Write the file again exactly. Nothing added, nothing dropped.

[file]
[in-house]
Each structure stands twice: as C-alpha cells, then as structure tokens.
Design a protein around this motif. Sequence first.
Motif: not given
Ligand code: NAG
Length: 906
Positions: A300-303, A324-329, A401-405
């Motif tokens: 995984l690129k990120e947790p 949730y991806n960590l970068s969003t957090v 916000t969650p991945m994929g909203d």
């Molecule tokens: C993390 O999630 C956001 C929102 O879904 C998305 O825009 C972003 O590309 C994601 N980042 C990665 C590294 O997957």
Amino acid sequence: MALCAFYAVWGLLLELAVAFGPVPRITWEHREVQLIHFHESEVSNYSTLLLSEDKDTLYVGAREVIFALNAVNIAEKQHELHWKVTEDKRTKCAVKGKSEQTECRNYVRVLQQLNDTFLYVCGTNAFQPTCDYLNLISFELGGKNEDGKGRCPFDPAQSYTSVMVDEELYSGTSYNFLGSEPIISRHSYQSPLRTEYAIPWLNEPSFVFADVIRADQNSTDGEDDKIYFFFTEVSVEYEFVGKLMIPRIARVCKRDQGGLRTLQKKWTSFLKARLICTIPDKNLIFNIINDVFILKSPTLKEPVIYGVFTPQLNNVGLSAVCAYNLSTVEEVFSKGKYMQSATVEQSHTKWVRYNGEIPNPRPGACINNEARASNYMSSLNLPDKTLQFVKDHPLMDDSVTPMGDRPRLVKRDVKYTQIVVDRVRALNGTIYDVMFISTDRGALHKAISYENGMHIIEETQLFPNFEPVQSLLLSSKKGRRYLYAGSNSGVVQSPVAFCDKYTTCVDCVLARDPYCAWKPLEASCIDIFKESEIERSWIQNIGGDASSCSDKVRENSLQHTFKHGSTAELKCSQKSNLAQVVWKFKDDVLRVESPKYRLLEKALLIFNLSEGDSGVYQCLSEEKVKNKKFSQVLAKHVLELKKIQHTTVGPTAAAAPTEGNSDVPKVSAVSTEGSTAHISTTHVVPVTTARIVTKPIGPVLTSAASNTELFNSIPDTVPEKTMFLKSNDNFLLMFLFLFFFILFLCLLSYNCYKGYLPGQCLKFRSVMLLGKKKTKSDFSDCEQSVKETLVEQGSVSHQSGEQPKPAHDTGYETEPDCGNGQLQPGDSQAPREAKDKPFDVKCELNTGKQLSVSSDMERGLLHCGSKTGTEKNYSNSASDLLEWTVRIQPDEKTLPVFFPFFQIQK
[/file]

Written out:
[in-house]
Each structure stands twice: as C-alpha cells, then as structure tokens.
Design a protein around this motif. Sequence first.
Motif: not given
Ligand code: NAG
Length: 906
Positions: A300-303, A324-329, A401-405
């Motif tokens: 995984l690129k990120e947790p 949730y991806n960590l970068s969003t957090v 916000t969650p991945m994929g909203d």
């Molecule tokens: C993390 O999630 C956001 C929102 O879904 C998305 O825009 C972003 O590309 C994601 N980042 C990665 C590294 O997957």
Amino acid sequence: MALCAFYAVWGLLLELAVAFGPVPRITWEHREVQLIHFHESEVSNYSTLLLSEDKDTLYVGAREVIFALNAVNIAEKQHELHWKVTEDKRTKCAVKGKSEQTECRNYVRVLQQLNDTFLYVCGTNAFQPTCDYLNLISFELGGKNEDGKGRCPFDPAQSYTSVMVDEELYSGTSYNFLGSEPIISRHSYQSPLRTEYAIPWLNEPSFVFADVIRADQNSTDGEDDKIYFFFTEVSVEYEFVGKLMIPRIARVCKRDQGGLRTLQKKWTSFLKARLICTIPDKNLIFNIINDVFILKSPTLKEPVIYGVFTPQLNNVGLSAVCAYNLSTVEEVFSKGKYMQSATVEQSHTKWVRYNGEIPNPRPGACINNEARASNYMSSLNLPDKTLQFVKDHPLMDDSVTPMGDRPRLVKRDVKYTQIVVDRVRALNGTIYDVMFISTDRGALHKAISYENGMHIIEETQLFPNFEPVQSLLLSSKKGRRYLYAGSNSGVVQSPVAFCDKYTTCVDCVLARDPYCAWKPLEASCIDIFKESEIERSWIQNIGGDASSCSDKVRENSLQHTFKHGSTAELKCSQKSNLAQVVWKFKDDVLRVESPKYRLLEKALLIFNLSEGDSGVYQCLSEEKVKNKKFSQVLAKHVLELKKIQHTTVGPTAAAAPTEGNSDVPKVSAVSTEGSTAHISTTHVVPVTTARIVTKPIGPVLTSAASNTELFNSIPDTVPEKTMFLKSNDNFLLMFLFLFFFILFLCLLSYNCYKGYLPGQCLKFRSVMLLGKKKTKSDFSDCEQSVKETLVEQGSVSHQSGEQPKPAHDTGYETEPDCGNGQLQPGDSQAPREAKDKPFDVKCELNTGKQLSVSSDMERGLLHCGSKTGTEKNYSNSASDLLEWTVRIQPDEKTLPVFFPFFQIQK